When you see a cow, just any cow, have you ever stopped and thought what type of cow that might be?
If you haven't, you should!
There are basically two main types of modern cattle that exist in the world:
There are times when I regret finding innocent-looking pictures with misinformation attached to them. One of those times was when I found several pictures pinned to Pinterest boards of vegan animal extremists making everyone believe that nose flaps are yet another evil of the dairy industry.
There are a surprisingly large number of facts on cows and cattle that many people don't realize. I've compiled over 80 facts here that you may or may not have known previously. These are not all the facts of cows and cattle; there are many more that could be, and may be, added in the future.
So, what is a "slaughter truck"? The answer may (or may not, depending where you come from) surprise you.
Back a few years ago the Internet blew up around a Facebook post from Vegan.com around a photo of toy truck just like that pictured here. The accompanying message simply said, "Seriously, Walmart?" The response by its followers was, unsurprisingly, that of complete outrage. One took this to Twitter, posting, "This is unimaginably disgusting. Walmart selling a toy slaughter truck. #vegan."
I first heard of the documentary "Cowspiracy" by someone touting it on a discussion page as the "real truth" about the cattle industry. Though this was some time ago and well before I was able to see the film, out of skepticism from hearing such proclamations, I began to immerse myself in what this documentary was all about and why it was supposed to be one of the "best" films on animal agriculture out there.
A really interesting audio clip on a ranch research station utilizing the old Spanish Criollo cattle as a means to fight drought in an arid climate such as that in New Mexico came to my attention a few years ago. The Jornada Ranch introduced these cattle in efforts to improve rangeland and create an environment that would ideally resemble that of what the Spanish would've seen when they came over the Atlantic over 500 years ago. The advantage of using these cattle is that they are hardier and smaller than the "conventional" cattle raised in America being mostly Angus and Hereford commercial bred and cross-bred with mix of other breeds. They're also the foundation stock for the development of the well-known American breeds Texas Longhorn, Corriente, Florida Cracker and others.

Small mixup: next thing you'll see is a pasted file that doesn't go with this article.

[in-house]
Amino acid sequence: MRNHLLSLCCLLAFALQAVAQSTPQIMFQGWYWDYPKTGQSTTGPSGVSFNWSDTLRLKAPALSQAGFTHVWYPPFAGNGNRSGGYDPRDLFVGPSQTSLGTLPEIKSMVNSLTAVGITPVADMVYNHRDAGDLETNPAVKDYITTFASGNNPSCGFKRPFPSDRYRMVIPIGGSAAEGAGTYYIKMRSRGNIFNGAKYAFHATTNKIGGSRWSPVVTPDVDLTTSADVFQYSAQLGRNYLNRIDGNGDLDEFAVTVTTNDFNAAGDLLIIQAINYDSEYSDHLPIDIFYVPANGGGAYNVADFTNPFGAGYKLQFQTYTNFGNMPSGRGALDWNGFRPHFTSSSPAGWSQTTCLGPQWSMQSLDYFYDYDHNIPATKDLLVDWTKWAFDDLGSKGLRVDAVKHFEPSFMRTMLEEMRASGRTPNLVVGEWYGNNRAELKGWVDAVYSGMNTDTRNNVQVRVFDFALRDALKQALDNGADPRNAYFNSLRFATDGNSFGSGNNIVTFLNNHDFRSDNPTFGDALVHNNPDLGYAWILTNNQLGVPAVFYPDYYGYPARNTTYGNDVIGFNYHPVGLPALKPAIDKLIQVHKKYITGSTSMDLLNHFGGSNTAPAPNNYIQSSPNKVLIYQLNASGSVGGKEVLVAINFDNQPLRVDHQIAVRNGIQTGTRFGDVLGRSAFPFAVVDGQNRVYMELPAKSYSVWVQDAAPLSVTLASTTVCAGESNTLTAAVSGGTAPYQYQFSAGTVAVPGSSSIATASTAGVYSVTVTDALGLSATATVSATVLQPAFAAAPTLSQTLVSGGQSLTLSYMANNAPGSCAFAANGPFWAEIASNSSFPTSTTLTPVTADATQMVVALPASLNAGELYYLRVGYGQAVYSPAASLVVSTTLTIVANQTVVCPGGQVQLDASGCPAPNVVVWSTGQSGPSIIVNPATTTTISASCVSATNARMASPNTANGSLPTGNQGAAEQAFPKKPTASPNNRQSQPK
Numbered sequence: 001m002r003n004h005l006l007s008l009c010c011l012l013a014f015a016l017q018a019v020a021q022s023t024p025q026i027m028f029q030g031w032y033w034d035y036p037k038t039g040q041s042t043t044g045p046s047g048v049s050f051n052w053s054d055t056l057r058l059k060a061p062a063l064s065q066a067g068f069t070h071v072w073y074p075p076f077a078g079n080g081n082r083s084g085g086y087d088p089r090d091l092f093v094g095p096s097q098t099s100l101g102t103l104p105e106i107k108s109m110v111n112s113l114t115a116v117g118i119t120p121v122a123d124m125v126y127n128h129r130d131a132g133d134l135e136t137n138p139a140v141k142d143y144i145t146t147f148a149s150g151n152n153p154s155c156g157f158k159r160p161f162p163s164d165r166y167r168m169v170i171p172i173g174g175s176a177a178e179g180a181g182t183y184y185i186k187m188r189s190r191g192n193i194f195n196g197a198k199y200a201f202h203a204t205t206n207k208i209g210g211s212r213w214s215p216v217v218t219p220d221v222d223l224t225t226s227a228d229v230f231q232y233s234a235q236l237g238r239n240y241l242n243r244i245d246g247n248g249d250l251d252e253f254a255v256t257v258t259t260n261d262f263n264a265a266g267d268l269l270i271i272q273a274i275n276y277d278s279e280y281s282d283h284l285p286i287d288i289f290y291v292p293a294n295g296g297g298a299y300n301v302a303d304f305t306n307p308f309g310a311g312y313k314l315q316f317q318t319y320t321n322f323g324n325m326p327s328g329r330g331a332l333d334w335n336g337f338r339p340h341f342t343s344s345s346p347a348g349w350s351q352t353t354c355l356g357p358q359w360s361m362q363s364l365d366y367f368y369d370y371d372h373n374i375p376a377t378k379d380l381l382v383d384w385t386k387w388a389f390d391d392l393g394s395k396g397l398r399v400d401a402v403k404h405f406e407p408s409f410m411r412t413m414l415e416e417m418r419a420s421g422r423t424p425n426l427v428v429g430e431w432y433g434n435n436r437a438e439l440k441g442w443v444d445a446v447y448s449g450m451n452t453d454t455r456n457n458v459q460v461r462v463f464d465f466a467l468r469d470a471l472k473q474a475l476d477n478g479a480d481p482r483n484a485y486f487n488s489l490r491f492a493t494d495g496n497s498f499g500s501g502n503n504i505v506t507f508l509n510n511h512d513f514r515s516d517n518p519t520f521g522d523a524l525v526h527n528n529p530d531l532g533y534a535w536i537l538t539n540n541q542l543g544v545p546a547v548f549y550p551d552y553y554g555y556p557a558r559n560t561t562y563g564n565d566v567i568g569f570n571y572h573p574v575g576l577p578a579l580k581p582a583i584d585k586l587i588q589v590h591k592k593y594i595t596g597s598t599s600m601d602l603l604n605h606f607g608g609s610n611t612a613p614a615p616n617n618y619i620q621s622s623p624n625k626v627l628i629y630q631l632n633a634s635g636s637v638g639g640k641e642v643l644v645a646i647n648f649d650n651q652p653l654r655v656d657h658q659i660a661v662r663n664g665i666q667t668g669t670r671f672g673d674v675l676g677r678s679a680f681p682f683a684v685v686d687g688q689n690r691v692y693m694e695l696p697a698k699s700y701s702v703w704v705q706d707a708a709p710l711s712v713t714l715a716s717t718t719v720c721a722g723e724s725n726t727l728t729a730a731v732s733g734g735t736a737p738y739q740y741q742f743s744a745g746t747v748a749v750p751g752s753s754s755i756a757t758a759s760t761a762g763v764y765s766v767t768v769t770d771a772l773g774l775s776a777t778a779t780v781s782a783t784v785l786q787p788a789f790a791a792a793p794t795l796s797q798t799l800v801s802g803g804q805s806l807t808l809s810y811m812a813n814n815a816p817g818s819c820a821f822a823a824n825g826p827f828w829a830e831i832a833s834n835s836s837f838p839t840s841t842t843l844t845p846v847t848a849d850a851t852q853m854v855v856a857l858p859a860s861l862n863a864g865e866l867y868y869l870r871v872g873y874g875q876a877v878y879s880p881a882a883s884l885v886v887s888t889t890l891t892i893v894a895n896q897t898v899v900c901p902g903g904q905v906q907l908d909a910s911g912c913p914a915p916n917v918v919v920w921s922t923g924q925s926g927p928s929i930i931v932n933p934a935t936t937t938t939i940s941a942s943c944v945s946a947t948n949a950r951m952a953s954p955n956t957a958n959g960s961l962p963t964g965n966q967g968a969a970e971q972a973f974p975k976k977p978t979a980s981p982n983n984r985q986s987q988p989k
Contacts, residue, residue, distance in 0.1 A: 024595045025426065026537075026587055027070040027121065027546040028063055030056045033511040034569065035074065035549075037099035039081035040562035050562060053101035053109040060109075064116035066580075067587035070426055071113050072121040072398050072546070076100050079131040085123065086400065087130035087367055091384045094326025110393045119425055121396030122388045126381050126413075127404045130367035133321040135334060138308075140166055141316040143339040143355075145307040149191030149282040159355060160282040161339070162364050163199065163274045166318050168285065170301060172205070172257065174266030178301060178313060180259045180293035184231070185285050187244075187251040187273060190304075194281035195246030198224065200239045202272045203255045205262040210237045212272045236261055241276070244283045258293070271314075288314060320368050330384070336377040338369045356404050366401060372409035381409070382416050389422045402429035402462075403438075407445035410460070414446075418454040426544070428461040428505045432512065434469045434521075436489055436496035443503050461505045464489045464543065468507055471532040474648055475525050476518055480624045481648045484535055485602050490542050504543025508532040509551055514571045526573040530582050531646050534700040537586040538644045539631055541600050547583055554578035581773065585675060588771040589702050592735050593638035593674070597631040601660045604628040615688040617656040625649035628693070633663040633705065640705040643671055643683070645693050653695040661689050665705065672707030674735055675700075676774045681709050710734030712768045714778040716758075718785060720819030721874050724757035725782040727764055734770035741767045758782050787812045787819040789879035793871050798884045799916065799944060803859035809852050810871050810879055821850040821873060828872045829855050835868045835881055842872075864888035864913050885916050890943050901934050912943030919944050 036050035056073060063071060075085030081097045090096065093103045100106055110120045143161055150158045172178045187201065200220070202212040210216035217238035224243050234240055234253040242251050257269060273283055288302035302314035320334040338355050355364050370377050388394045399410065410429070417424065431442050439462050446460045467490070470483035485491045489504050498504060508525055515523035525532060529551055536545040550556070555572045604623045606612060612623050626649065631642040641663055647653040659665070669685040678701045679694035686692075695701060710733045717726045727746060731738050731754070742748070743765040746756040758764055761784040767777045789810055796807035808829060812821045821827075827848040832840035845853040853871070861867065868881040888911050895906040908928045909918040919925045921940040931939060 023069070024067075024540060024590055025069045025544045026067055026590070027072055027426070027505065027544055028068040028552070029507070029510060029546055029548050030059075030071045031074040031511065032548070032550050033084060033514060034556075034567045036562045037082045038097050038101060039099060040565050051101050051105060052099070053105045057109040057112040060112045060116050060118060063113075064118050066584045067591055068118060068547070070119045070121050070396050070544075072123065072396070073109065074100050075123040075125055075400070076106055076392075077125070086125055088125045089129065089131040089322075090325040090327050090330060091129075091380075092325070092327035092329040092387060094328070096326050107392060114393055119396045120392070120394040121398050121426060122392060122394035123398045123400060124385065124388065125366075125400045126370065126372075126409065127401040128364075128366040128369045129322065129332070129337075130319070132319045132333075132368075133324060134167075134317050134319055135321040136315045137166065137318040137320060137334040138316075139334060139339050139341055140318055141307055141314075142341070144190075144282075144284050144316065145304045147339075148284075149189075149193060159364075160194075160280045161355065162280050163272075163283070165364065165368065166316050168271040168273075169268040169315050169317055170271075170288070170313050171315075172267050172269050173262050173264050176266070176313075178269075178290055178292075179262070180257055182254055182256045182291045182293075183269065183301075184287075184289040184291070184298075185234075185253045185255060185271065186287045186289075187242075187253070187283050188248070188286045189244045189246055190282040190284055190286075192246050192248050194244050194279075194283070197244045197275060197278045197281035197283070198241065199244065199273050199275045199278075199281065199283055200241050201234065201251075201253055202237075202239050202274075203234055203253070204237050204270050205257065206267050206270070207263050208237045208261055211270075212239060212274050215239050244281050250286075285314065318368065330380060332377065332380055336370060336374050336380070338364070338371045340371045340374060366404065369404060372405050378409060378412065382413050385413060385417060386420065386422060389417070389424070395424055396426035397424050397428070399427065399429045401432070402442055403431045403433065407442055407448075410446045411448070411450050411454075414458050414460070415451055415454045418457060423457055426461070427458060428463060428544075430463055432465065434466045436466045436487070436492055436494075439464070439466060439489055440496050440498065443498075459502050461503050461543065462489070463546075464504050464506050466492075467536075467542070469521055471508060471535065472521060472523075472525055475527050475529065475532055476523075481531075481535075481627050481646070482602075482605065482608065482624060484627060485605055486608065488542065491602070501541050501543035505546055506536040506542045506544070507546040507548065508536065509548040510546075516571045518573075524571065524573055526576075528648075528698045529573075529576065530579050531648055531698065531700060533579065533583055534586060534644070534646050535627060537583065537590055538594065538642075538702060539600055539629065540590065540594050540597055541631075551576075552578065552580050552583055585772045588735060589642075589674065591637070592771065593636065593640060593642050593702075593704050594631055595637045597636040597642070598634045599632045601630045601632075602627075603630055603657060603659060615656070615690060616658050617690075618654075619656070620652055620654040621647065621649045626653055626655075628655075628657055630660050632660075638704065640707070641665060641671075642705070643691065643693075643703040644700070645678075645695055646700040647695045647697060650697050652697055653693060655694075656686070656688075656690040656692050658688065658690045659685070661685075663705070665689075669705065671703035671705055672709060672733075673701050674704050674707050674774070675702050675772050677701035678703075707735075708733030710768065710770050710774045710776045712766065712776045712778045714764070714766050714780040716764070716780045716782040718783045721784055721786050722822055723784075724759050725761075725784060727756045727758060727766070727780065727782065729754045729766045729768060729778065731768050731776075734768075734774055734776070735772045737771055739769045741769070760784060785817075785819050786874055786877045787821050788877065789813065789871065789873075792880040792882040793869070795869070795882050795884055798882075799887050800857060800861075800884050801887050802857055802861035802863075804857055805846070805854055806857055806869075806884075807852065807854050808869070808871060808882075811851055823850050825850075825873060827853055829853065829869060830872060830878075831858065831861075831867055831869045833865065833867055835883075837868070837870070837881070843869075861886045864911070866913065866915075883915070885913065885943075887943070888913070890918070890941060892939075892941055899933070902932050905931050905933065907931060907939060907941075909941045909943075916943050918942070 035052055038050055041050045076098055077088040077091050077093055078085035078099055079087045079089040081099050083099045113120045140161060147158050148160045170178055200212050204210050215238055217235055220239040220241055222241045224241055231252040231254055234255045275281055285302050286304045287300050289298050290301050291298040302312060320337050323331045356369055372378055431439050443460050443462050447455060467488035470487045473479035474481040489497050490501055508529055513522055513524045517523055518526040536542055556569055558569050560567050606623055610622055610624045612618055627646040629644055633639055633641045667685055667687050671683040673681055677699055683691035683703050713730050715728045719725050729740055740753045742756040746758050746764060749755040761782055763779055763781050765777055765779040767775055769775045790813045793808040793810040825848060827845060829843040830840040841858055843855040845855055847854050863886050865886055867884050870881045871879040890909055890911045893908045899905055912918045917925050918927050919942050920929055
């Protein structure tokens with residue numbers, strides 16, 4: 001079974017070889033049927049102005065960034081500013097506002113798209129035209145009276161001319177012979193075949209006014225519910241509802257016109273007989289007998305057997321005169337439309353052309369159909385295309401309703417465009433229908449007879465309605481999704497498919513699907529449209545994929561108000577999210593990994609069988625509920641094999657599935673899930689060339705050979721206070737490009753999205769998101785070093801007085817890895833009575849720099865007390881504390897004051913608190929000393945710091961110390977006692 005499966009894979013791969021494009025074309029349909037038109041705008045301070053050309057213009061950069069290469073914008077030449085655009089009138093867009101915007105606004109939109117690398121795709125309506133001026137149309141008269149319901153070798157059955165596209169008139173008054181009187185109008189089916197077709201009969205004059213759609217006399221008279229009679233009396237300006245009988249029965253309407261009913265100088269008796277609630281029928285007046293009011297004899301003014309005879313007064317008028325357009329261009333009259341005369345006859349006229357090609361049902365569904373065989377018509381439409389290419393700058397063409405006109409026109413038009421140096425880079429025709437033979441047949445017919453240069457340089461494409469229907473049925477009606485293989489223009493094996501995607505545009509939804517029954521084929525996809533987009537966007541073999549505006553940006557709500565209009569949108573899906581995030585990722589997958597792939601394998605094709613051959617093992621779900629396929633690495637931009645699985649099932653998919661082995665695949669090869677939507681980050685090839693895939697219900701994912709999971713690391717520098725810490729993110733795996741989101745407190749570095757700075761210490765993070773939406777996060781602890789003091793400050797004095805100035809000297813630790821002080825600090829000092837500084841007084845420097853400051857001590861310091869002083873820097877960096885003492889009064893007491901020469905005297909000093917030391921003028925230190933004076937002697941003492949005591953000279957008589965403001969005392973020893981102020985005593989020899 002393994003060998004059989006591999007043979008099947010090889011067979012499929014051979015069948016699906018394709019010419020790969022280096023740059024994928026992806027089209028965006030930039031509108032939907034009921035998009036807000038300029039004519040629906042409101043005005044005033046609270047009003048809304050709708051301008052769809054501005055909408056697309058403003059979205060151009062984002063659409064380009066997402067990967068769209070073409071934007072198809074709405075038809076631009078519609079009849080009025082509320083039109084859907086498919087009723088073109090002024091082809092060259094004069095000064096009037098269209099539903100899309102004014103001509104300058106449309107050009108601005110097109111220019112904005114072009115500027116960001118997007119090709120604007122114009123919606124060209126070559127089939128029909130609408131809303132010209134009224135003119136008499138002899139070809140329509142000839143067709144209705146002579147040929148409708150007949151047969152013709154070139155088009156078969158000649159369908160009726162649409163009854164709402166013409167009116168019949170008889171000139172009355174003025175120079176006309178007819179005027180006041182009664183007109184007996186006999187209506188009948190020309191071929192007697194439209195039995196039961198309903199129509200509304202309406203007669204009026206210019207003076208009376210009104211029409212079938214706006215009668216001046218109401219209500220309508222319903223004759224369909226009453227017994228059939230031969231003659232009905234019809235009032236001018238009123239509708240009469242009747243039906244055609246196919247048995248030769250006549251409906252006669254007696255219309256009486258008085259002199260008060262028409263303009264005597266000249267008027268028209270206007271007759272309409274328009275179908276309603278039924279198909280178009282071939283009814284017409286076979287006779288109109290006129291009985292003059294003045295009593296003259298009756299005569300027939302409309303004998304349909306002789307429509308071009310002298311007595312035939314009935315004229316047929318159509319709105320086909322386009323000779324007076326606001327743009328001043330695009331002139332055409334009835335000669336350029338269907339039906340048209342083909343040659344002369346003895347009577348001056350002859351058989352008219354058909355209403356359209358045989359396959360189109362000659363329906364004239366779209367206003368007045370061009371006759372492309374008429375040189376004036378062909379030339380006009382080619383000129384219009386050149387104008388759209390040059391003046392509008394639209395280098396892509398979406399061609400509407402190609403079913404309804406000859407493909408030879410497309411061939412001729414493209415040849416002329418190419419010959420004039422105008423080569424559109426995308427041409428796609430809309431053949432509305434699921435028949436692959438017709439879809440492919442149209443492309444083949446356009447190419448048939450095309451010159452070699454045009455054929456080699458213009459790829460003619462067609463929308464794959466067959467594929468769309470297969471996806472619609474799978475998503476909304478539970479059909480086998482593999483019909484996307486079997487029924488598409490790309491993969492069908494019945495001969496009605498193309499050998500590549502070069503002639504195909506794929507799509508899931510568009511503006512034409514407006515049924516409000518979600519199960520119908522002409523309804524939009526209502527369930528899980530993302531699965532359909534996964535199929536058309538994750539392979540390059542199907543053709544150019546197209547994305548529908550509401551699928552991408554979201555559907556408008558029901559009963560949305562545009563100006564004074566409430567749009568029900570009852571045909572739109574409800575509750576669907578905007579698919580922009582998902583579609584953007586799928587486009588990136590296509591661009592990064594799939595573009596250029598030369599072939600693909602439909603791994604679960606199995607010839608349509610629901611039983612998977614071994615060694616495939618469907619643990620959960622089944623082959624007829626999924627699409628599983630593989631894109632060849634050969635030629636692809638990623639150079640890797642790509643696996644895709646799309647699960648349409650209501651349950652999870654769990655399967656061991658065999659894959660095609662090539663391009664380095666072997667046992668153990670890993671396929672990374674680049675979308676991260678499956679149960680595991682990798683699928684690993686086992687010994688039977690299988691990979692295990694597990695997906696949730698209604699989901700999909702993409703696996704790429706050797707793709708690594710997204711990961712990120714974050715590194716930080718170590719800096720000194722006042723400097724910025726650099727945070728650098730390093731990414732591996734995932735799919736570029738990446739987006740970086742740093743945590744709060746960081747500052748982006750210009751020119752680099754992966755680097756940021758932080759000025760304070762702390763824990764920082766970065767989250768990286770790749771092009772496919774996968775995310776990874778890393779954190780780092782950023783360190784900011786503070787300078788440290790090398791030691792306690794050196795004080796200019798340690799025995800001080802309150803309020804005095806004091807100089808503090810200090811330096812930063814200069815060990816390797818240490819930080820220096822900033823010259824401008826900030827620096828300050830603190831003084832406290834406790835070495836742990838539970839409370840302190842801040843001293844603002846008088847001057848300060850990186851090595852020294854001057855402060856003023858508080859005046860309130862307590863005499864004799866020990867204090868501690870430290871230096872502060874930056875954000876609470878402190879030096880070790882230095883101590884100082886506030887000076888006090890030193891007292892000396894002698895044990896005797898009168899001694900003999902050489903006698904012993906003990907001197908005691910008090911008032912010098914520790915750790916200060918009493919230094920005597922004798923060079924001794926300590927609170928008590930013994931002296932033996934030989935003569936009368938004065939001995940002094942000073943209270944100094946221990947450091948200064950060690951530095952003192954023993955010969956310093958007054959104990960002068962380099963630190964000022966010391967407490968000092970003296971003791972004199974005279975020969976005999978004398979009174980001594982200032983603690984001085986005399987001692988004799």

The reasons I was attracted to the page with the audio clip though, was more than just that.
The following is a collection pictures I took when I was working with a rangeland research team out of the University of Alberta. They are certainly not in chronological order, but that shouldn't matter because I want to show you just how beautiful land can be when proper grazing management practices are used with cattle as the primary tool, which is something that I strongly promote and may cover more in later blog posts.
Could you really be able to graze livestock, and not eat them? Or rather, could livestock be used to graze pastures and rangeland, and never be sent to slaughter? If so, how would that work?
I hate to sound like I'm complaining right off the start (gee, what a great way to start off a blog post), but dammit this is one blog post that I've been struggling with in trying to figure out how to put digital pen to paper about thoughts and perspectives and notions and all that psychological brain-shrinking stuff.
And if this turns into a terribly boring blog post that will lose you at the first paragraph, I'm so sorry. Knowing myself and my own mind (at least I'd like to know what goes on between my ears, though some days I question it a bit, but I digress), my favourite things that I love to talk about are much more on the experience-based, observational-based topics:
“For every complex problem, there is an answer that is clear, simple, and wrong.” -- H. L. Mencken
I would like to introduce the compounding and complex environmental issues that are in a word, plaguing the earth. They are wide and varied, from deforestation and afforestation, encroaching deserts, oceanic dead zones, eutrophication of bodies of waters, increasingly more silt in rivers from runoff, increasing carbon emissions to the atmosphere, more flooding, more drought, increasingly devastating storms, and on and on.
They are a worrisome force that are part of the struggle for us humans, as a species, to survive and to get through.
Range Nerd, Forage & Grazing Fanatic and a Bovine Enthusiast. A love for farming, and for the soil.
Keep it civil, but don't be a jerk. Personal attacks and harassment will not be tolerated.
There's going to be a lot of heated discussions and that’s totally fine. These discussions often are about topics that we all personally care a lot about and will passionately defend. But in order for discussions to thrive here, we need to remember to criticize ideas, not people.
So, remember to avoid: